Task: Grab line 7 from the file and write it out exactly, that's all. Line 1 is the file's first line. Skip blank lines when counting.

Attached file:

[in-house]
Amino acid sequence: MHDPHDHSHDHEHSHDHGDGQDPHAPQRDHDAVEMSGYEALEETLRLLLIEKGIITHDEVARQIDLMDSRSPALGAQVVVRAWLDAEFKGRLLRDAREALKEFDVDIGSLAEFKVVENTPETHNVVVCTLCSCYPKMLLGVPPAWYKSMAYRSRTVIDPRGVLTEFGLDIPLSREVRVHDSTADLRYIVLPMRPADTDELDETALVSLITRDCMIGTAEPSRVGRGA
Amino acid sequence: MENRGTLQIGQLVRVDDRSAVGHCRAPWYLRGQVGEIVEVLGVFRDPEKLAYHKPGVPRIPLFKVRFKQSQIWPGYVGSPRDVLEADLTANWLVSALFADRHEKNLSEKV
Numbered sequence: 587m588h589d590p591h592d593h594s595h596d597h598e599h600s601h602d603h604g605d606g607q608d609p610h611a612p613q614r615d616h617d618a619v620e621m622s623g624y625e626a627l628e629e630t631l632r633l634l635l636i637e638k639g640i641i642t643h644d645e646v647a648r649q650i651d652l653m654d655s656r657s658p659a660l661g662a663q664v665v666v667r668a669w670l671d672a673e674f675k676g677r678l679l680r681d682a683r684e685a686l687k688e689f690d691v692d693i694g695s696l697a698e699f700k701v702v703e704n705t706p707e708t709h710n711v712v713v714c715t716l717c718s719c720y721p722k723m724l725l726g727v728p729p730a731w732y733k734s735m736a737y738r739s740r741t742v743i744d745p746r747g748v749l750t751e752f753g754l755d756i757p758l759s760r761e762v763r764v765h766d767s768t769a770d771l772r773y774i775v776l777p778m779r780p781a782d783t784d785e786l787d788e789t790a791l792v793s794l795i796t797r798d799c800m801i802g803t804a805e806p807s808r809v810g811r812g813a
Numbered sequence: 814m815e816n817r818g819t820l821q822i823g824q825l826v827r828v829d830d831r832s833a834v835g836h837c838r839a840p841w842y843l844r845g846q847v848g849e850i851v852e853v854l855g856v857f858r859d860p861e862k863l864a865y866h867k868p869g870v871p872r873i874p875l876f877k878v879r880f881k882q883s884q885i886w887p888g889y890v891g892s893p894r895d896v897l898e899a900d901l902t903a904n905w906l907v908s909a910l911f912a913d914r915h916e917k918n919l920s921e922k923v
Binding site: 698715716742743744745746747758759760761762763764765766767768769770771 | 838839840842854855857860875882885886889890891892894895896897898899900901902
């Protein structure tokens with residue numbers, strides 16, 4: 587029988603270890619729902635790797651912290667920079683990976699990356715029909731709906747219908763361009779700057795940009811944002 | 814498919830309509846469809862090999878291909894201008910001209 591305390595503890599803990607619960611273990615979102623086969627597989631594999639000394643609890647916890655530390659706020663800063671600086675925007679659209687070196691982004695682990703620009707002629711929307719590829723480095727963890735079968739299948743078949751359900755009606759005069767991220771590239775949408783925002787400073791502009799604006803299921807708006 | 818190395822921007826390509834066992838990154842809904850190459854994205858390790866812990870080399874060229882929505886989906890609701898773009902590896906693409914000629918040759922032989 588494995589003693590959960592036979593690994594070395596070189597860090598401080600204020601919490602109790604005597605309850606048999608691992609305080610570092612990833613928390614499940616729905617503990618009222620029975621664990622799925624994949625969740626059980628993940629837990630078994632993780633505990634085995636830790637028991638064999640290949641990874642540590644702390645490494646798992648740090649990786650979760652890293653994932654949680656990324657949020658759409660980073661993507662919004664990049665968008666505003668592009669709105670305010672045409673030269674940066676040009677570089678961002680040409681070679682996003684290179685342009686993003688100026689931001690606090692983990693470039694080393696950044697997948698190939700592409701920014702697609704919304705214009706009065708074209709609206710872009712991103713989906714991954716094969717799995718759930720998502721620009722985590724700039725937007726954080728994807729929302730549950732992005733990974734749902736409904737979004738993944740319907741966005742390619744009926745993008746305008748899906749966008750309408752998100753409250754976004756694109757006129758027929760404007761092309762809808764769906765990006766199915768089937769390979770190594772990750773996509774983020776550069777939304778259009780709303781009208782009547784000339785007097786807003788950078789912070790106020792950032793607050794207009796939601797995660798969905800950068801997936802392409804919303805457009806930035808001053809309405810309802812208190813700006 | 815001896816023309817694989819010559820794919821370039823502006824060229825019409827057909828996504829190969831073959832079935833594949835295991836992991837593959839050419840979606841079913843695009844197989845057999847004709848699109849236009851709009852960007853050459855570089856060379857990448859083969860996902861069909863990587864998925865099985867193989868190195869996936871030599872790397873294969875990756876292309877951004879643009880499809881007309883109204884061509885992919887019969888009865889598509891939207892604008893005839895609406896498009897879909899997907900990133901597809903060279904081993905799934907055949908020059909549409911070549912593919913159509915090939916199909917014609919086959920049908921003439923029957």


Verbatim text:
């Protein structure tokens with residue numbers, strides 16, 4: 587029988603270890619729902635790797651912290667920079683990976699990356715029909731709906747219908763361009779700057795940009811944002 | 814498919830309509846469809862090999878291909894201008910001209 591305390595503890599803990607619960611273990615979102623086969627597989631594999639000394643609890647916890655530390659706020663800063671600086675925007679659209687070196691982004695682990703620009707002629711929307719590829723480095727963890735079968739299948743078949751359900755009606759005069767991220771590239775949408783925002787400073791502009799604006803299921807708006 | 818190395822921007826390509834066992838990154842809904850190459854994205858390790866812990870080399874060229882929505886989906890609701898773009902590896906693409914000629918040759922032989 588494995589003693590959960592036979593690994594070395596070189597860090598401080600204020601919490602109790604005597605309850606048999608691992609305080610570092612990833613928390614499940616729905617503990618009222620029975621664990622799925624994949625969740626059980628993940629837990630078994632993780633505990634085995636830790637028991638064999640290949641990874642540590644702390645490494646798992648740090649990786650979760652890293653994932654949680656990324657949020658759409660980073661993507662919004664990049665968008666505003668592009669709105670305010672045409673030269674940066676040009677570089678961002680040409681070679682996003684290179685342009686993003688100026689931001690606090692983990693470039694080393696950044697997948698190939700592409701920014702697609704919304705214009706009065708074209709609206710872009712991103713989906714991954716094969717799995718759930720998502721620009722985590724700039725937007726954080728994807729929302730549950732992005733990974734749902736409904737979004738993944740319907741966005742390619744009926745993008746305008748899906749966008750309408752998100753409250754976004756694109757006129758027929760404007761092309762809808764769906765990006766199915768089937769390979770190594772990750773996509774983020776550069777939304778259009780709303781009208782009547784000339785007097786807003788950078789912070790106020792950032793607050794207009796939601797995660798969905800950068801997936802392409804919303805457009806930035808001053809309405810309802812208190813700006 | 815001896816023309817694989819010559820794919821370039823502006824060229825019409827057909828996504829190969831073959832079935833594949835295991836992991837593959839050419840979606841079913843695009844197989845057999847004709848699109849236009851709009852960007853050459855570089856060379857990448859083969860996902861069909863990587864998925865099985867193989868190195869996936871030599872790397873294969875990756876292309877951004879643009880499809881007309883109204884061509885992919887019969888009865889598509891939207892604008893005839895609406896498009897879909899997907900990133901597809903060279904081993905799934907055949908020059909549409911070549912593919913159509915090939916199909917014609919086959920049908921003439923029957």